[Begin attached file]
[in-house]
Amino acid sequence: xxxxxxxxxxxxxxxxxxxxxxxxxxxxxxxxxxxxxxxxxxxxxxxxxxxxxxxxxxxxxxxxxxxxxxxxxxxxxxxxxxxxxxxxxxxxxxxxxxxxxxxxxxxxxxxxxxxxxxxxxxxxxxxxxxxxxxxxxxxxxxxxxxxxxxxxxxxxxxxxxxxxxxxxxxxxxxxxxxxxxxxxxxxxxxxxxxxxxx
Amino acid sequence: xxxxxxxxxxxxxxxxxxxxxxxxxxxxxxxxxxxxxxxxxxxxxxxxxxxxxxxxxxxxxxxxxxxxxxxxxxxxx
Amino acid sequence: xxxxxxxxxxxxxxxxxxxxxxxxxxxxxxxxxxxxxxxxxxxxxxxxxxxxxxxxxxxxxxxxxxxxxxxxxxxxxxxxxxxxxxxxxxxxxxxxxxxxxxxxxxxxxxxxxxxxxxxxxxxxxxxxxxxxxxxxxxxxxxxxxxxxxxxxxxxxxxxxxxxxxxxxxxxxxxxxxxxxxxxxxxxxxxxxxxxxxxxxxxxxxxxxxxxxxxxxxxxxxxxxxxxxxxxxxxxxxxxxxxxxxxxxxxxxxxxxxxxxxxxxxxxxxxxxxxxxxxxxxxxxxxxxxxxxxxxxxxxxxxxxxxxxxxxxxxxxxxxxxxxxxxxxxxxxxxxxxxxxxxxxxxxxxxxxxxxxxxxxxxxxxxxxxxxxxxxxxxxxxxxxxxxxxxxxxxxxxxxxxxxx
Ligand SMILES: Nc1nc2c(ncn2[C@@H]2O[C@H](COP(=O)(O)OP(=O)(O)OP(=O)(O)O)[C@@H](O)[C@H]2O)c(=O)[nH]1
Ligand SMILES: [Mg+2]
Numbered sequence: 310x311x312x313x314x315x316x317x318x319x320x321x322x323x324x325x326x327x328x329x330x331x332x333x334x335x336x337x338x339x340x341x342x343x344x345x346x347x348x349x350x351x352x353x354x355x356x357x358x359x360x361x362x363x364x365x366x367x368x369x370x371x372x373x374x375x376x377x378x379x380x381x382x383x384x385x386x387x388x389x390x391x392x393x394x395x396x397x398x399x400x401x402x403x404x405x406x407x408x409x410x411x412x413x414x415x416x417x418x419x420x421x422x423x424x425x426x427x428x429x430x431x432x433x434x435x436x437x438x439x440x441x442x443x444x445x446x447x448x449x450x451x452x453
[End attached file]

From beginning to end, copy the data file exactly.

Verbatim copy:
[in-house]
Amino acid sequence: xxxxxxxxxxxxxxxxxxxxxxxxxxxxxxxxxxxxxxxxxxxxxxxxxxxxxxxxxxxxxxxxxxxxxxxxxxxxxxxxxxxxxxxxxxxxxxxxxxxxxxxxxxxxxxxxxxxxxxxxxxxxxxxxxxxxxxxxxxxxxxxxxxxxxxxxxxxxxxxxxxxxxxxxxxxxxxxxxxxxxxxxxxxxxxxxxxxxxx
Amino acid sequence: xxxxxxxxxxxxxxxxxxxxxxxxxxxxxxxxxxxxxxxxxxxxxxxxxxxxxxxxxxxxxxxxxxxxxxxxxxxxx
Amino acid sequence: xxxxxxxxxxxxxxxxxxxxxxxxxxxxxxxxxxxxxxxxxxxxxxxxxxxxxxxxxxxxxxxxxxxxxxxxxxxxxxxxxxxxxxxxxxxxxxxxxxxxxxxxxxxxxxxxxxxxxxxxxxxxxxxxxxxxxxxxxxxxxxxxxxxxxxxxxxxxxxxxxxxxxxxxxxxxxxxxxxxxxxxxxxxxxxxxxxxxxxxxxxxxxxxxxxxxxxxxxxxxxxxxxxxxxxxxxxxxxxxxxxxxxxxxxxxxxxxxxxxxxxxxxxxxxxxxxxxxxxxxxxxxxxxxxxxxxxxxxxxxxxxxxxxxxxxxxxxxxxxxxxxxxxxxxxxxxxxxxxxxxxxxxxxxxxxxxxxxxxxxxxxxxxxxxxxxxxxxxxxxxxxxxxxxxxxxxxxxxxxxxxxx
Ligand SMILES: Nc1nc2c(ncn2[C@@H]2O[C@H](COP(=O)(O)OP(=O)(O)OP(=O)(O)O)[C@@H](O)[C@H]2O)c(=O)[nH]1
Ligand SMILES: [Mg+2]
Numbered sequence: 310x311x312x313x314x315x316x317x318x319x320x321x322x323x324x325x326x327x328x329x330x331x332x333x334x335x336x337x338x339x340x341x342x343x344x345x346x347x348x349x350x351x352x353x354x355x356x357x358x359x360x361x362x363x364x365x366x367x368x369x370x371x372x373x374x375x376x377x378x379x380x381x382x383x384x385x386x387x388x389x390x391x392x393x394x395x396x397x398x399x400x401x402x403x404x405x406x407x408x409x410x411x412x413x414x415x416x417x418x419x420x421x422x423x424x425x426x427x428x429x430x431x432x433x434x435x436x437x438x439x440x441x442x443x444x445x446x447x448x449x450x451x452x453